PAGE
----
Category Archives: history

Burntwick Island, Setting as Character in “Losing Lizzy: A Pride and Prejudice Vagary”

On Friday, we had a closer look at Deadman’s Island, and its part in the setting for Losing Lizzy: A Pride and Prejudice Vagary. Like Deadman’s Island, Burntwick can be found in the estuary of the River Medway in Kent. … Continue reading

Posted in book release, British history, eBooks, England, Georgian England, Georgian Era, Great Britain, historical fiction, history, Jane Austen, Pride and Prejudice, publishing, reading habits, real life tales, Regency era, research, spooky tales, Vagary, writing | Tagged , , , , , , , , , , , | 1 Comment

The Mecklenburg Declaration of Independence, a Year Before Thomas Jefferson’s Document

Some of you realize, I live in North Carolina, a state draped in rich history. One of those events is the the Mecklenburg Declaration of Independence. A year before Thomas Jefferson’s “Declaration,” there was Meck-Dec, as we in the area … Continue reading

Posted in American History, British history, British Navy, Declaration of Independence, Georgian England, history, political stance, research, war | Tagged , , , , , , , | 2 Comments

The “Churching” of Women After Childbirth

 Although it has largely fallen out of favor with Western religion, the concept of “churching” in the Church of England can be traced well into the 20th Century. (Margaret Houlbrooke. Rite out of Time: a Study of the Ancient Rite of … Continue reading

Posted in British history, Church of England, customs and tradiitons, England, Great Britain, history, Living in the UK, marriage, marriage customs, medicine, religion, tradtions | Tagged , , , , , ,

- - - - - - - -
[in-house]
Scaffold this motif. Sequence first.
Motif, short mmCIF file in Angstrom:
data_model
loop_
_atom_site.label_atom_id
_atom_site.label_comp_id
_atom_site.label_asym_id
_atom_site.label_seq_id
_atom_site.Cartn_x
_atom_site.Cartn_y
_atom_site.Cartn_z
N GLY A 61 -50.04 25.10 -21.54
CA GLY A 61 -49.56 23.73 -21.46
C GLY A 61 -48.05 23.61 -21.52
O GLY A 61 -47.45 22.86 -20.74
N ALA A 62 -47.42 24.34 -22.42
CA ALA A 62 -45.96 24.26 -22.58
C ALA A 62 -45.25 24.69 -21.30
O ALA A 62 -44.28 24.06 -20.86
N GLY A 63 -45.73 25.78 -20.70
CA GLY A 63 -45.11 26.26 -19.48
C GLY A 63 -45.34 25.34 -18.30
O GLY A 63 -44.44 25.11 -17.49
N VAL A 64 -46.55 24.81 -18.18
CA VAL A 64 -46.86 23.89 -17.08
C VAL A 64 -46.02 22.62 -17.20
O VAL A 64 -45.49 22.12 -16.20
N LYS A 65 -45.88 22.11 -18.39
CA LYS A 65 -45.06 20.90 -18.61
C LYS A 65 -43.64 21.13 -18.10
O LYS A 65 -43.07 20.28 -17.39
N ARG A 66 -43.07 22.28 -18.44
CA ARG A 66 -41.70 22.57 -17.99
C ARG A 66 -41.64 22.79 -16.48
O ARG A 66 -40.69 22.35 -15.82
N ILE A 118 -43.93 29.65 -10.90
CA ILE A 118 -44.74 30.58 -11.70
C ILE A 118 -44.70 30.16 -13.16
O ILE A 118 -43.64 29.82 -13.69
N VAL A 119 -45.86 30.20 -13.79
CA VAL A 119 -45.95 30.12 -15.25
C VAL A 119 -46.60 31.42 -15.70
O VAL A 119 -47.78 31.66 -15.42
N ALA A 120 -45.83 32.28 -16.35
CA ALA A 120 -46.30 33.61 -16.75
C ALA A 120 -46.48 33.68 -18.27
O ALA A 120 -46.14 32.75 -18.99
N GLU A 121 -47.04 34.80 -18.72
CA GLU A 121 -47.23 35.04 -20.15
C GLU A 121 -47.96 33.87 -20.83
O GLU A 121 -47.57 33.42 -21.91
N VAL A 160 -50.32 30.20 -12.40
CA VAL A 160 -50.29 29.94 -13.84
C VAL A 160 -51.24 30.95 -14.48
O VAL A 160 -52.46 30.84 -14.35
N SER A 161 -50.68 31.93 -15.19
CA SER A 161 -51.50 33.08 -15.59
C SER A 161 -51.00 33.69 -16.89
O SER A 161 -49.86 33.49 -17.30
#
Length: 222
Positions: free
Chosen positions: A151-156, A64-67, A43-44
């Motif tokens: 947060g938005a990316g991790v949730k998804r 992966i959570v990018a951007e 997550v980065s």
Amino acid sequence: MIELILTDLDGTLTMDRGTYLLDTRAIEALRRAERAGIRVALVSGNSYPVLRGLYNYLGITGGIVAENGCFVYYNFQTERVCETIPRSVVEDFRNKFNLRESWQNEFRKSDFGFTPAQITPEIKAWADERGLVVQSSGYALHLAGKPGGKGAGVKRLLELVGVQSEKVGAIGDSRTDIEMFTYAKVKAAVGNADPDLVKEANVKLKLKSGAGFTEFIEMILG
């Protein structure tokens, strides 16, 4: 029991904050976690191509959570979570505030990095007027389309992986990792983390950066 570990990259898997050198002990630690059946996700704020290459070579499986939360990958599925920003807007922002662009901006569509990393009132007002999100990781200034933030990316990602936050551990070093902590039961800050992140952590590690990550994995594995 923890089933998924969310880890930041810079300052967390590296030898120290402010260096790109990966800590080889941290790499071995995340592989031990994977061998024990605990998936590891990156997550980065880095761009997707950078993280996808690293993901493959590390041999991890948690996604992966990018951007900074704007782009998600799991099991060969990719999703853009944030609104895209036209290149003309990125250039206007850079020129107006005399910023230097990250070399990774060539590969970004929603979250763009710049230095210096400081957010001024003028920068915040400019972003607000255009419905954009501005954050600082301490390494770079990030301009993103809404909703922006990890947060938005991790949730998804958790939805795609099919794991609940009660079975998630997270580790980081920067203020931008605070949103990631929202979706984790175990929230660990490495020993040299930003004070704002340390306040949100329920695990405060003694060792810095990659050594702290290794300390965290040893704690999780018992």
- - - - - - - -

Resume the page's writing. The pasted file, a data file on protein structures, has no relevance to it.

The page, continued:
Manton’s Shooting Gallery and the Man Who Changed Weaponry During the Regency

Joseph Manton, who was born in 1766 in Lincolnshire, is considered as an innovative English gunmaker of the late 18th to early 19th Century. His numerous patents and designs changed the gun industry as no one had done previously. Moreover, … Continue reading

Posted in British history, Georgian England, Georgian Era, history, Living in the Regency, real life tales, Regency era, Regency personalities, research, weaponry | Tagged , , , , , , , , , ,

Proxy Marriages: Valid or Invalid?

Upon occasion I have come across a plot line in a Regency historical novel where the couple is married by proxy. Unfortunately, such a marriage was not valid. Today’s interpretation of a marriage by proxy tells us that it is … Continue reading

Posted in American History, British history, Church of England, Georgian England, Georgian Era, history, Living in the UK, marriage, marriage customs | Tagged , , , , , , ,

Austen’s Use of Coincidence and Character Development, a Guest Post from Collins Hemingway

This post originally appeared on Austen Authors on 22 January 2020. Enjoy!  In a recent blog, I wrote about coincidences in Jane Austen’s work. I’m following up again today with a few more examples of how she used them and how … Continue reading

Posted in Austen Authors, Emma, film adaptations, George Wickham, Georgian Era, Guest Post, history, Jane Austen, Mansfield Park, Northanger Abbey, Persuasion, Pride and Prejudice, publishing, reading habits, Sense & Sensibility, writing | Tagged , , , , , , , , , , , , , | 2 Comments

Literary Origins and April Fool’s Day

April Fools’ Day (alternatively April Fool’s Day, sometimes All Fools’ Day) is celebrated on 1 April every year. 1 April is not a national holiday, but is widely recognized and celebrated in various countries as a day when people play … Continue reading

Posted in customs and tradiitons, history, holidays, legends, legends and myths | Tagged , , , , , , , , , , , | 4 Comments